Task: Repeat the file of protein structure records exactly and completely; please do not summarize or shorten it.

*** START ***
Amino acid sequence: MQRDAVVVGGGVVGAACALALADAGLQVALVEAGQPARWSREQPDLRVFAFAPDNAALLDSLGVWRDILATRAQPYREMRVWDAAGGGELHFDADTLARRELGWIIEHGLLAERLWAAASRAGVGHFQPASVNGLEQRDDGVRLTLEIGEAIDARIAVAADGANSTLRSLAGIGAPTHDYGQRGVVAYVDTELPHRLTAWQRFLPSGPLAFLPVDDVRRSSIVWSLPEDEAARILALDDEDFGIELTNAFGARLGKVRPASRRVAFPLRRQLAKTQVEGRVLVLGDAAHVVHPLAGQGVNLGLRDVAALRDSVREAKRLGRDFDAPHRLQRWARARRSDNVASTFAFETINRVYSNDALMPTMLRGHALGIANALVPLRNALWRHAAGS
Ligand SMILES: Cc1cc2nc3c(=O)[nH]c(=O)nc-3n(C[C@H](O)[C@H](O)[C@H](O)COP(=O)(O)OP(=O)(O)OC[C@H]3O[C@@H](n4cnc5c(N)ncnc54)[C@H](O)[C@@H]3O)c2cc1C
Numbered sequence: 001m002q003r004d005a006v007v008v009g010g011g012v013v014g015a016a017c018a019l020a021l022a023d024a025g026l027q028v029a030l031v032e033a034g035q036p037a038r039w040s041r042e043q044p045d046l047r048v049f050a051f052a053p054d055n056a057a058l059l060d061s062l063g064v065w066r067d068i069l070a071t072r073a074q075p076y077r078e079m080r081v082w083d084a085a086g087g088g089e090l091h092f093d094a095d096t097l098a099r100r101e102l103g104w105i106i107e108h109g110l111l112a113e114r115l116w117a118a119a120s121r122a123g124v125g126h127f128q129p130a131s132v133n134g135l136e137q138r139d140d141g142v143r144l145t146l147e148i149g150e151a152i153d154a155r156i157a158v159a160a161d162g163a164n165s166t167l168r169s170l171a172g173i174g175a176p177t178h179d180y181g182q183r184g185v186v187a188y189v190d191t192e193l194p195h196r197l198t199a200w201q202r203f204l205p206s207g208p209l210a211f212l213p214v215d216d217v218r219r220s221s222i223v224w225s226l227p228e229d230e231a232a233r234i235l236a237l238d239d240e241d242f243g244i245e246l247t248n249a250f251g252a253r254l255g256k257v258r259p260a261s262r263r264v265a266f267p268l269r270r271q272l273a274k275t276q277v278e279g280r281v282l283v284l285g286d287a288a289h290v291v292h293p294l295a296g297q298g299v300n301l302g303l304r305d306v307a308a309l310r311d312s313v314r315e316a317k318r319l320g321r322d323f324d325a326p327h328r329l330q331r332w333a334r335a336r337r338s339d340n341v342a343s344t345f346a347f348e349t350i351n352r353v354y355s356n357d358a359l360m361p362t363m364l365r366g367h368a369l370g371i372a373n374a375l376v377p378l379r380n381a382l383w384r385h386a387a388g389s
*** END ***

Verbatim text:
Amino acid sequence: MQRDAVVVGGGVVGAACALALADAGLQVALVEAGQPARWSREQPDLRVFAFAPDNAALLDSLGVWRDILATRAQPYREMRVWDAAGGGELHFDADTLARRELGWIIEHGLLAERLWAAASRAGVGHFQPASVNGLEQRDDGVRLTLEIGEAIDARIAVAADGANSTLRSLAGIGAPTHDYGQRGVVAYVDTELPHRLTAWQRFLPSGPLAFLPVDDVRRSSIVWSLPEDEAARILALDDEDFGIELTNAFGARLGKVRPASRRVAFPLRRQLAKTQVEGRVLVLGDAAHVVHPLAGQGVNLGLRDVAALRDSVREAKRLGRDFDAPHRLQRWARARRSDNVASTFAFETINRVYSNDALMPTMLRGHALGIANALVPLRNALWRHAAGS
Ligand SMILES: Cc1cc2nc3c(=O)[nH]c(=O)nc-3n(C[C@H](O)[C@H](O)[C@H](O)COP(=O)(O)OP(=O)(O)OC[C@H]3O[C@@H](n4cnc5c(N)ncnc54)[C@H](O)[C@@H]3O)c2cc1C
Numbered sequence: 001m002q003r004d005a006v007v008v009g010g011g012v013v014g015a016a017c018a019l020a021l022a023d024a025g026l027q028v029a030l031v032e033a034g035q036p037a038r039w040s041r042e043q044p045d046l047r048v049f050a051f052a053p054d055n056a057a058l059l060d061s062l063g064v065w066r067d068i069l070a071t072r073a074q075p076y077r078e079m080r081v082w083d084a085a086g087g088g089e090l091h092f093d094a095d096t097l098a099r100r101e102l103g104w105i106i107e108h109g110l111l112a113e114r115l116w117a118a119a120s121r122a123g124v125g126h127f128q129p130a131s132v133n134g135l136e137q138r139d140d141g142v143r144l145t146l147e148i149g150e151a152i153d154a155r156i157a158v159a160a161d162g163a164n165s166t167l168r169s170l171a172g173i174g175a176p177t178h179d180y181g182q183r184g185v186v187a188y189v190d191t192e193l194p195h196r197l198t199a200w201q202r203f204l205p206s207g208p209l210a211f212l213p214v215d216d217v218r219r220s221s222i223v224w225s226l227p228e229d230e231a232a233r234i235l236a237l238d239d240e241d242f243g244i245e246l247t248n249a250f251g252a253r254l255g256k257v258r259p260a261s262r263r264v265a266f267p268l269r270r271q272l273a274k275t276q277v278e279g280r281v282l283v284l285g286d287a288a289h290v291v292h293p294l295a296g297q298g299v300n301l302g303l304r305d306v307a308a309l310r311d312s313v314r315e316a317k318r319l320g321r322d323f324d325a326p327h328r329l330q331r332w333a334r335a336r337r338s339d340n341v342a343s344t345f346a347f348e349t350i351n352r353v354y355s356n357d358a359l360m361p362t363m364l365r366g367h368a369l370g371i372a373n374a375l376v377p378l379r380n381a382l383w384r385h386a387a388g389s